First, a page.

POLITICS & INSTITUTIONS - EUROPE

VAT Gap

Luxembourg lost €267m in taxes in 2019



The Tax Gap is decreasing in the EU, but still represents €134bn--of which €267m in Luxembourg--of loss of a budget that theoretically would go towards public goods and services.  Photo: Shutterstock

The Tax Gap is decreasing in the EU, but still represents €134bn--of which €267m in Luxembourg--of loss of a budget that theoretically would go towards public goods and services.  Photo: Shutterstock

The VAT gap in the EU decreased by €6.6bn to €134bn in 2019, the European Commission said on 2 December, but in Luxembourg the loss in tax revenue grew.

VAT revenue in the EU usually goes towards funding public goods and services. However, through VAT fraud, tax evasion and avoidance, bankruptcies and financial insolvencies--some of which the commission deems unavoidable--some of that budget gets lost.

While the Eurofisc network and transaction network analysis tool (TNA) financed by the EU has helped some countries reduce their so-called VAT gap, Luxembourg had to count more losses over 2019. The grand duchy had lost €199m (5.1%) of its tax revenue in 2018, which increased to 6.6%, or €267m, in 2019.

The gap--which is calculated by comparing expected VAT and actual VAT received--is, however, on the decrease in the EU as a whole. Countries such as Sweden, which lost €597m (1.4%), Croatia, with a 1% loss of €77m and Cyrpus, which lost €54m (2.7%) over that same year, seemed to handle the issue of tax evasion the best in the European Union.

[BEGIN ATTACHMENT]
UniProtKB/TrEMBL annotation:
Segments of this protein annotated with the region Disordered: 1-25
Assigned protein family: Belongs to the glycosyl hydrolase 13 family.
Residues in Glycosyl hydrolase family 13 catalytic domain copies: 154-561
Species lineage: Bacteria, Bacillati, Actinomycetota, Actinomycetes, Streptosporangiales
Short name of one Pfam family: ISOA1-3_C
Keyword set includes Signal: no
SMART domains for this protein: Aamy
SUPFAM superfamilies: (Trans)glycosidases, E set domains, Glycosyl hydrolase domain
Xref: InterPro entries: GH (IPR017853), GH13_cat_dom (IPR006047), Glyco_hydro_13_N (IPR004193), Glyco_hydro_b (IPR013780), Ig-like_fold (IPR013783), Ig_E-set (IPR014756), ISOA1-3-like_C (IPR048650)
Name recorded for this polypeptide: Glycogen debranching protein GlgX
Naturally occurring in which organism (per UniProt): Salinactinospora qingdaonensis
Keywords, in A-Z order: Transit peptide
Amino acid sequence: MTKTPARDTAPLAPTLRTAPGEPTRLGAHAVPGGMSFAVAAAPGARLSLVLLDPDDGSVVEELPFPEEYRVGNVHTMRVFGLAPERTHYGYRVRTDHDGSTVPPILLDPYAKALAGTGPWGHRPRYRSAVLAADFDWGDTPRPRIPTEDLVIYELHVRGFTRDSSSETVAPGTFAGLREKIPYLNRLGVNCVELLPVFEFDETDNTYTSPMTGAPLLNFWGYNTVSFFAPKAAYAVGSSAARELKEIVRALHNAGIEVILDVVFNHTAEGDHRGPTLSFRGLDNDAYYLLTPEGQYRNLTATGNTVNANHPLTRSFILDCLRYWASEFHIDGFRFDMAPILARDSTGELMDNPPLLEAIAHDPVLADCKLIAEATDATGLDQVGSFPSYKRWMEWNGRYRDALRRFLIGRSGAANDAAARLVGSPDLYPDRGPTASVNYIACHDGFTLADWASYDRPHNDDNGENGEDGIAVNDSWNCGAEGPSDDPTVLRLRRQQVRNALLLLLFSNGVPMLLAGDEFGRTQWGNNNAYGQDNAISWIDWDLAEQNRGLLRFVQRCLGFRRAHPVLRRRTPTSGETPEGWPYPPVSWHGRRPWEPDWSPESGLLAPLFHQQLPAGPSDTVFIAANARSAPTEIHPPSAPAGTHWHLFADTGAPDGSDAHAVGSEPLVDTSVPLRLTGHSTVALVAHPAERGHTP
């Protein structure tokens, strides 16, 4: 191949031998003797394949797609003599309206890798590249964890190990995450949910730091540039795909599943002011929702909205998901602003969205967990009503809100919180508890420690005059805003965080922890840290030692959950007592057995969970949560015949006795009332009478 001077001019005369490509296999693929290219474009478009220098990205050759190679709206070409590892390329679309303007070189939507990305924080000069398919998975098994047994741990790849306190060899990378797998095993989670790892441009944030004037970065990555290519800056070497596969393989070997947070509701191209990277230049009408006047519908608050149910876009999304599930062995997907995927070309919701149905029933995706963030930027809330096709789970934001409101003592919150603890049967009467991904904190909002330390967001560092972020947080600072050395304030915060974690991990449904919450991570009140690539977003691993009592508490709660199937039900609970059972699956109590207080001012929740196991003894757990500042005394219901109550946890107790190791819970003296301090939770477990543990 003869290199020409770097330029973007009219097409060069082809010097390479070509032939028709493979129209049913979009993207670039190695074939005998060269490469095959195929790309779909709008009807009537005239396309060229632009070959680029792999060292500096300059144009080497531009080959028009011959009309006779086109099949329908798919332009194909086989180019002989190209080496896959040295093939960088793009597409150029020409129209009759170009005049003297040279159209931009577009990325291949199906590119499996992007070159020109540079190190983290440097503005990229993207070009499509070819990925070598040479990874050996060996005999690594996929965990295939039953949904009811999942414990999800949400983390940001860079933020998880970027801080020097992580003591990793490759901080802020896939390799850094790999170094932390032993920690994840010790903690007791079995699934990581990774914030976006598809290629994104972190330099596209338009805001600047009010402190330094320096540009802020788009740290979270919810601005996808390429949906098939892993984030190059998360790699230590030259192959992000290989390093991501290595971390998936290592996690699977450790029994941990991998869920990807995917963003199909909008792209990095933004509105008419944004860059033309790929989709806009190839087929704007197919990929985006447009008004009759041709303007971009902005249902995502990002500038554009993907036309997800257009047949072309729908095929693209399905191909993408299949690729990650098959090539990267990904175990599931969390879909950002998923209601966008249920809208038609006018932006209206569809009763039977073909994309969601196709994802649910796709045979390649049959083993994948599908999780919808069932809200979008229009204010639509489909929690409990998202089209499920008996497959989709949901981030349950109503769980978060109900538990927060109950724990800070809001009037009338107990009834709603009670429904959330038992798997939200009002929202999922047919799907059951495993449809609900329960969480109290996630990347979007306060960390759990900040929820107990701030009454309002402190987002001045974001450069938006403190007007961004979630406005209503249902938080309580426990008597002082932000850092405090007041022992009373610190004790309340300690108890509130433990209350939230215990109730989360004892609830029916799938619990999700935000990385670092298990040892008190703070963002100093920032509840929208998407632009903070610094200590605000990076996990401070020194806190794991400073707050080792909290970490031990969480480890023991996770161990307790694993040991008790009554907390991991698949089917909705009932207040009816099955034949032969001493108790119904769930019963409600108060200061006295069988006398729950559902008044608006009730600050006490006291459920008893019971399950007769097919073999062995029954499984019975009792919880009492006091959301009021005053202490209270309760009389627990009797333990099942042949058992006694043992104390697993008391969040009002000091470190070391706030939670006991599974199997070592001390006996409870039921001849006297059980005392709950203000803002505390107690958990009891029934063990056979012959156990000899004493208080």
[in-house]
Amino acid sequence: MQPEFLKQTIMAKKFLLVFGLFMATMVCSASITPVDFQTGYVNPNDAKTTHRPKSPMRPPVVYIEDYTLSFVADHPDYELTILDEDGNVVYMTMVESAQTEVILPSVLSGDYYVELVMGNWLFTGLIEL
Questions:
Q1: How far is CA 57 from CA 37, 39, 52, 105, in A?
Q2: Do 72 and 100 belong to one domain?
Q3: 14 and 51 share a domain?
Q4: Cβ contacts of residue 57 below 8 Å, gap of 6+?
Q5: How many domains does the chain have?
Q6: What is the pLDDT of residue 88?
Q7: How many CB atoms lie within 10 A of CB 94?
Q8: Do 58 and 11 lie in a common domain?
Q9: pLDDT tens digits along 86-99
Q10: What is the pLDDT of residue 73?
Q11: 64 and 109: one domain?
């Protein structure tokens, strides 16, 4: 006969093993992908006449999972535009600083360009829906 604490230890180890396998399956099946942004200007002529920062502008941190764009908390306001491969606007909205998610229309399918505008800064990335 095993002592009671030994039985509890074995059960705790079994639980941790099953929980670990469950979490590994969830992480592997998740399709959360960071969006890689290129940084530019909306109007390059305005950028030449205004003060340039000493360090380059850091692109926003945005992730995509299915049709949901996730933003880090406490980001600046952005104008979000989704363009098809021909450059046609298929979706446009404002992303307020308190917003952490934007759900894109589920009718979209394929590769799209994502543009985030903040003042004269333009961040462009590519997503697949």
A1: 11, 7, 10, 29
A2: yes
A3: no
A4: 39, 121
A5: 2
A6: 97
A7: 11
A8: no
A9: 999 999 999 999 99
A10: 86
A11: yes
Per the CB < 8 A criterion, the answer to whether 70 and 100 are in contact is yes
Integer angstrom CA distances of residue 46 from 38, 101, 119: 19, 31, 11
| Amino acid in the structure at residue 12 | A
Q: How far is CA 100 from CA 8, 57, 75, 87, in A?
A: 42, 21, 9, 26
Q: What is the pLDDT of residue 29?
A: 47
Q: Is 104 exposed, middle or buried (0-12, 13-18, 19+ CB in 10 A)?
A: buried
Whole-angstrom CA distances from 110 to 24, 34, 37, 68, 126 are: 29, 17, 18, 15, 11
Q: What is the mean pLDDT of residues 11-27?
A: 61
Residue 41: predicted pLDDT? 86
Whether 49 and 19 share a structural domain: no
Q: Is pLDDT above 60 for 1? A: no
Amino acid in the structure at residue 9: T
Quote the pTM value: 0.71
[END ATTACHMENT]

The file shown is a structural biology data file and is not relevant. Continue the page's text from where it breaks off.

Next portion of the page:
“Despite the positive trend registered in the last few years, the VAT Gap remains a major concern--particularly in view of the immense investment needs our member states must address in the coming years. This year's figures correspond to a loss of more than €4,000 per second,” said Paolo Gentiloni, commissioner for economy, in a statement. “Ordinary people and businesses” would suffer the loss the most, as they would have to pay other taxes to access necessary public services, he said.

Additional organisations have been set in place to crack down on some of the avoidable bleeds, such as tax evasion. Launched in 2021, the Luxembourg-based European Public Prosecutor’s Office (EPPO) seized €23m in assets in a tax fraud bust in Czechia, Romania and Slovakia. A few days later, it seized €900,000 of misused EU funds in Italy. A later collaboration with the Italian Finance Police had recovered yet another €215,000 of misused EU funds in Italy.

Last month only, the same organisation had uncovered an EU-wide VAT fraud worth up to €107m.

The European Commission hopes to modernise its VAT system over the coming year, as it announced in its 2020 fair and efficient taxation plan.